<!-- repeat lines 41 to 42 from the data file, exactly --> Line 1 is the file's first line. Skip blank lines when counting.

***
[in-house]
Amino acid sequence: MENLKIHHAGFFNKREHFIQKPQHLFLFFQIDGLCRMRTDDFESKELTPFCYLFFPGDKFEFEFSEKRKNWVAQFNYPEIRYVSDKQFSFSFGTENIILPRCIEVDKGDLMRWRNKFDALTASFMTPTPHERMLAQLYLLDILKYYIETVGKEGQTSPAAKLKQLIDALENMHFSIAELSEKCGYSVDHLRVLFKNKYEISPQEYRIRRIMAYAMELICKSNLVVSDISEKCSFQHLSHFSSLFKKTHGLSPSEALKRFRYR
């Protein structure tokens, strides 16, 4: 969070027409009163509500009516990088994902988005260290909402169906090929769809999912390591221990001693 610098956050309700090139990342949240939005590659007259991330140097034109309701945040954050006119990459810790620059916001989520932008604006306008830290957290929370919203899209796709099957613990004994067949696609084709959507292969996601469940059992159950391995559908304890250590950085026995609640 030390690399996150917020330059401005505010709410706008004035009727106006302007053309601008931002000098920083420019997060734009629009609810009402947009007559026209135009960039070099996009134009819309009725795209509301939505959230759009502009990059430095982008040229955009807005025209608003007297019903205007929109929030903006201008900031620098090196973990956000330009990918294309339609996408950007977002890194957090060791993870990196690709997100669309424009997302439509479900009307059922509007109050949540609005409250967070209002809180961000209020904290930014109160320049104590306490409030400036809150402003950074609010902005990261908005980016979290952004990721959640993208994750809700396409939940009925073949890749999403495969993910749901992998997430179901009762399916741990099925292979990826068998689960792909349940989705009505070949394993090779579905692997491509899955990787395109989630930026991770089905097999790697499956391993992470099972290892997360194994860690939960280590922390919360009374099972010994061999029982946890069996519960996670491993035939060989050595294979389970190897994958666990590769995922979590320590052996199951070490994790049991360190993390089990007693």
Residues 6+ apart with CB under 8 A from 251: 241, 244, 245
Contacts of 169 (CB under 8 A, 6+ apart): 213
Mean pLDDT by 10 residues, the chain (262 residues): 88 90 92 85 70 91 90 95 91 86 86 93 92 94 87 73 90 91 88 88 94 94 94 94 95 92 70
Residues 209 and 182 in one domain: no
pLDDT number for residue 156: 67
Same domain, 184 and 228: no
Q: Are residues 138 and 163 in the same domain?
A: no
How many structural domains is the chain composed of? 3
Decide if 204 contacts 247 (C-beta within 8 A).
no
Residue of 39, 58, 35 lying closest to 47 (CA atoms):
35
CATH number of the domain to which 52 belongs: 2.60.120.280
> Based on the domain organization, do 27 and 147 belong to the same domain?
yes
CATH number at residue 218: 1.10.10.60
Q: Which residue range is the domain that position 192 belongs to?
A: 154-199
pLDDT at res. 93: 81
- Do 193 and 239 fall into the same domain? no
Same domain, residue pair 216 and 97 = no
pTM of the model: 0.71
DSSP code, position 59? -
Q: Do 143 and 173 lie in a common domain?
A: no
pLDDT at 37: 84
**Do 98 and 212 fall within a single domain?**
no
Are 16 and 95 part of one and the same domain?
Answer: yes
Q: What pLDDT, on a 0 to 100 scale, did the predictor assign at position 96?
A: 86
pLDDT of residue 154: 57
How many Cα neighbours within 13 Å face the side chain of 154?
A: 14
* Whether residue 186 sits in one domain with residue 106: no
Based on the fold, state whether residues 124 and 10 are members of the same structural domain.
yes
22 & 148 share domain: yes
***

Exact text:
Based on the fold, state whether residues 124 and 10 are members of the same structural domain.
yes